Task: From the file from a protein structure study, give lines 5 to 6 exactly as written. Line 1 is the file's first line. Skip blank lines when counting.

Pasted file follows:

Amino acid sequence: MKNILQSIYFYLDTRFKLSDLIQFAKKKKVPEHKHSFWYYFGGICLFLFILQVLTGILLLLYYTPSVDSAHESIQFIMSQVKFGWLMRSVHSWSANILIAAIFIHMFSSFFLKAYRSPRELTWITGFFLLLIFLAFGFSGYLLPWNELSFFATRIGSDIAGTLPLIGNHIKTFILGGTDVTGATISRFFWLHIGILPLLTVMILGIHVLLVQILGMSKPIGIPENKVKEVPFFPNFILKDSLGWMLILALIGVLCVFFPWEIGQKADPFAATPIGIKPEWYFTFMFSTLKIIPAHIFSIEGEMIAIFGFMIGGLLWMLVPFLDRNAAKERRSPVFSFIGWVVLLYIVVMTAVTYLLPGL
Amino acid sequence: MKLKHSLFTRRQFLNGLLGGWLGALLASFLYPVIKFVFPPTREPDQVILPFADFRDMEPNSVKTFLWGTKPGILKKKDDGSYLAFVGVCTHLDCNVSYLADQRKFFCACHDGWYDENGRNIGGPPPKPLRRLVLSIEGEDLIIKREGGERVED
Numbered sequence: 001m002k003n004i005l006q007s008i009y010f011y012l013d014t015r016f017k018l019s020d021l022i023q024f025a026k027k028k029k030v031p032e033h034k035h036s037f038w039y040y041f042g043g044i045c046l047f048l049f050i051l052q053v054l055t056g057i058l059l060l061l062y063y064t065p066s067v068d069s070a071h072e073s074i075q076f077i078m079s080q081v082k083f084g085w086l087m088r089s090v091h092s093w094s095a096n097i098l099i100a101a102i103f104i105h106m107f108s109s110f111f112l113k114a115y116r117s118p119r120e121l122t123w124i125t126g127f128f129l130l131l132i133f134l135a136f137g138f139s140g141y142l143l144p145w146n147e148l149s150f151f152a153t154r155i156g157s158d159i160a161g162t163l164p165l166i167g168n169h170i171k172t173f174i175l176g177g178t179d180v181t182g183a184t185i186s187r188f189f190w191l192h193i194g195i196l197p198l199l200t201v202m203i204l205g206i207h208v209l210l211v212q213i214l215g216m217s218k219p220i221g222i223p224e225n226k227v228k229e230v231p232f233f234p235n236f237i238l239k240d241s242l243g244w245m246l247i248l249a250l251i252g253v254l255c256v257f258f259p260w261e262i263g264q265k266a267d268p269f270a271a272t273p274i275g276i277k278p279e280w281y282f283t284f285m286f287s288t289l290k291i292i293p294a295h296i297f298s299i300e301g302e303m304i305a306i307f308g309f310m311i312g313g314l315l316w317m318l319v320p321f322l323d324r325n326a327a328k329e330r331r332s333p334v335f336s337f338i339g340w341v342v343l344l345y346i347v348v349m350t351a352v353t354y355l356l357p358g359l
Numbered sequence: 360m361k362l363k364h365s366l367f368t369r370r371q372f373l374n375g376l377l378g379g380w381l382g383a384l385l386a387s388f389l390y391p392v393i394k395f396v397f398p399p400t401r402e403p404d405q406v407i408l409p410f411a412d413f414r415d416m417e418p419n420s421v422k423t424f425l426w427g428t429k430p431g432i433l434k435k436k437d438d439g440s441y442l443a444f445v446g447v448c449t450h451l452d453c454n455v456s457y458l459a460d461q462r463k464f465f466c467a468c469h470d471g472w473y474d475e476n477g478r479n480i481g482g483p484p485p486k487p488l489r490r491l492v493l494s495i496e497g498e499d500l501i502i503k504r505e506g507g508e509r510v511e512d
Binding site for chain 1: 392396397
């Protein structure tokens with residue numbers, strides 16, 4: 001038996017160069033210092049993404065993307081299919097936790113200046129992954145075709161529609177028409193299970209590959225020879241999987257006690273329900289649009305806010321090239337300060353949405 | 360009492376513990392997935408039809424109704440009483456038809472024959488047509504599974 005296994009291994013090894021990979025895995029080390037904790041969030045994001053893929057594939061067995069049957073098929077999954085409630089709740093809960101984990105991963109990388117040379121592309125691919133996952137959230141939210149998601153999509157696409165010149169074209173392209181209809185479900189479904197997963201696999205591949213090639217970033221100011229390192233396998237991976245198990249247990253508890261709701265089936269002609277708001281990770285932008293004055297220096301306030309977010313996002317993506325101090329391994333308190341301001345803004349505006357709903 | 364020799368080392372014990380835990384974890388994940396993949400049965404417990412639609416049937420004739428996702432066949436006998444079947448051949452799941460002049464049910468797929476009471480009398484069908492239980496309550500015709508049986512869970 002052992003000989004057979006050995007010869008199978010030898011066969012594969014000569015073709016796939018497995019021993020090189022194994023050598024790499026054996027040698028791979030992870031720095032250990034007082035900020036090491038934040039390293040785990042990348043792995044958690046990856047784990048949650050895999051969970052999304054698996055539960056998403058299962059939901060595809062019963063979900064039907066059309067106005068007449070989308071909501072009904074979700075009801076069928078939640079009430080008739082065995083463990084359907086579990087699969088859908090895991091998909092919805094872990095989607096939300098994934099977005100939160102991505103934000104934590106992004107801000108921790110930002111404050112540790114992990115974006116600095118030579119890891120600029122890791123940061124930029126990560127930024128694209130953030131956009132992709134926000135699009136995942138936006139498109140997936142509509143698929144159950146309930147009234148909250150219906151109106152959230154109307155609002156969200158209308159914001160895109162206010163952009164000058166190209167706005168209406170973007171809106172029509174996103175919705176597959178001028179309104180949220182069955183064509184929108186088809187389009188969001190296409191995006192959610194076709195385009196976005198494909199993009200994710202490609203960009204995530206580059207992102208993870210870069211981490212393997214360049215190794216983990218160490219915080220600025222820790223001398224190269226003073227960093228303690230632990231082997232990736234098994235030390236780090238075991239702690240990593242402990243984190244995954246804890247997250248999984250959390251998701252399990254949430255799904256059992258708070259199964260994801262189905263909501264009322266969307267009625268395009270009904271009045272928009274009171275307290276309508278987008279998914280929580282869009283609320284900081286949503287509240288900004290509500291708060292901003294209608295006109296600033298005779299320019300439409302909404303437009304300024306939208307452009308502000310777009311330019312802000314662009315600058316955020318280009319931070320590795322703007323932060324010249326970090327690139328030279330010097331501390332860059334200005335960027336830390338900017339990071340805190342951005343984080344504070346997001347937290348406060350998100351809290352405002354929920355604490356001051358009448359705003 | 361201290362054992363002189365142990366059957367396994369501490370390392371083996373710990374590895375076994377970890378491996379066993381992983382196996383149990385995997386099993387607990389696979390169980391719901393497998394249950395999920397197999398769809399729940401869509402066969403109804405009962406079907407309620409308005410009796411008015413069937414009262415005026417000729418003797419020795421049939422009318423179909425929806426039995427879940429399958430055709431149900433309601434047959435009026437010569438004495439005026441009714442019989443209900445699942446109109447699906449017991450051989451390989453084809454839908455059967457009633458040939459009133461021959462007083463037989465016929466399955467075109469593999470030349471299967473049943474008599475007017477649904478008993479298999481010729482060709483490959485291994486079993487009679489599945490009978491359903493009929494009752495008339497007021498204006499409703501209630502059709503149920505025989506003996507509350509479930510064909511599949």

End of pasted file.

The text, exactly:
Binding site for chain 1: 392396397
């Protein structure tokens with residue numbers, strides 16, 4: 001038996017160069033210092049993404065993307081299919097936790113200046129992954145075709161529609177028409193299970209590959225020879241999987257006690273329900289649009305806010321090239337300060353949405 | 360009492376513990392997935408039809424109704440009483456038809472024959488047509504599974 005296994009291994013090894021990979025895995029080390037904790041969030045994001053893929057594939061067995069049957073098929077999954085409630089709740093809960101984990105991963109990388117040379121592309125691919133996952137959230141939210149998601153999509157696409165010149169074209173392209181209809185479900189479904197997963201696999205591949213090639217970033221100011229390192233396998237991976245198990249247990253508890261709701265089936269002609277708001281990770285932008293004055297220096301306030309977010313996002317993506325101090329391994333308190341301001345803004349505006357709903 | 364020799368080392372014990380835990384974890388994940396993949400049965404417990412639609416049937420004739428996702432066949436006998444079947448051949452799941460002049464049910468797929476009471480009398484069908492239980496309550500015709508049986512869970 002052992003000989004057979006050995007010869008199978010030898011066969012594969014000569015073709016796939018497995019021993020090189022194994023050598024790499026054996027040698028791979030992870031720095032250990034007082035900020036090491038934040039390293040785990042990348043792995044958690046990856047784990048949650050895999051969970052999304054698996055539960056998403058299962059939901060595809062019963063979900064039907066059309067106005068007449070989308071909501072009904074979700075009801076069928078939640079009430080008739082065995083463990084359907086579990087699969088859908090895991091998909092919805094872990095989607096939300098994934099977005100939160102991505103934000104934590106992004107801000108921790110930002111404050112540790114992990115974006116600095118030579119890891120600029122890791123940061124930029126990560127930024128694209130953030131956009132992709134926000135699009136995942138936006139498109140997936142509509143698929144159950146309930147009234148909250150219906151109106152959230154109307155609002156969200158209308159914001160895109162206010163952009164000058166190209167706005168209406170973007171809106172029509174996103175919705176597959178001028179309104180949220182069955183064509184929108186088809187389009188969001190296409191995006192959610194076709195385009196976005198494909199993009200994710202490609203960009204995530206580059207992102208993870210870069211981490212393997214360049215190794216983990218160490219915080220600025222820790223001398224190269226003073227960093228303690230632990231082997232990736234098994235030390236780090238075991239702690240990593242402990243984190244995954246804890247997250248999984250959390251998701252399990254949430255799904256059992258708070259199964260994801262189905263909501264009322266969307267009625268395009270009904271009045272928009274009171275307290276309508278987008279998914280929580282869009283609320284900081286949503287509240288900004290509500291708060292901003294209608295006109296600033298005779299320019300439409302909404303437009304300024306939208307452009308502000310777009311330019312802000314662009315600058316955020318280009319931070320590795322703007323932060324010249326970090327690139328030279330010097331501390332860059334200005335960027336830390338900017339990071340805190342951005343984080344504070346997001347937290348406060350998100351809290352405002354929920355604490356001051358009448359705003 | 361201290362054992363002189365142990366059957367396994369501490370390392371083996373710990374590895375076994377970890378491996379066993381992983382196996383149990385995997386099993387607990389696979390169980391719901393497998394249950395999920397197999398769809399729940401869509402066969403109804405009962406079907407309620409308005410009796411008015413069937414009262415005026417000729418003797419020795421049939422009318423179909425929806426039995427879940429399958430055709431149900433309601434047959435009026437010569438004495439005026441009714442019989443209900445699942446109109447699906449017991450051989451390989453084809454839908455059967457009633458040939459009133461021959462007083463037989465016929466399955467075109469593999470030349471299967473049943474008599475007017477649904478008993479298999481010729482060709483490959485291994486079993487009679489599945490009978491359903493009929494009752495008339497007021498204006499409703501209630502059709503149920505025989506003996507509350509479930510064909511599949």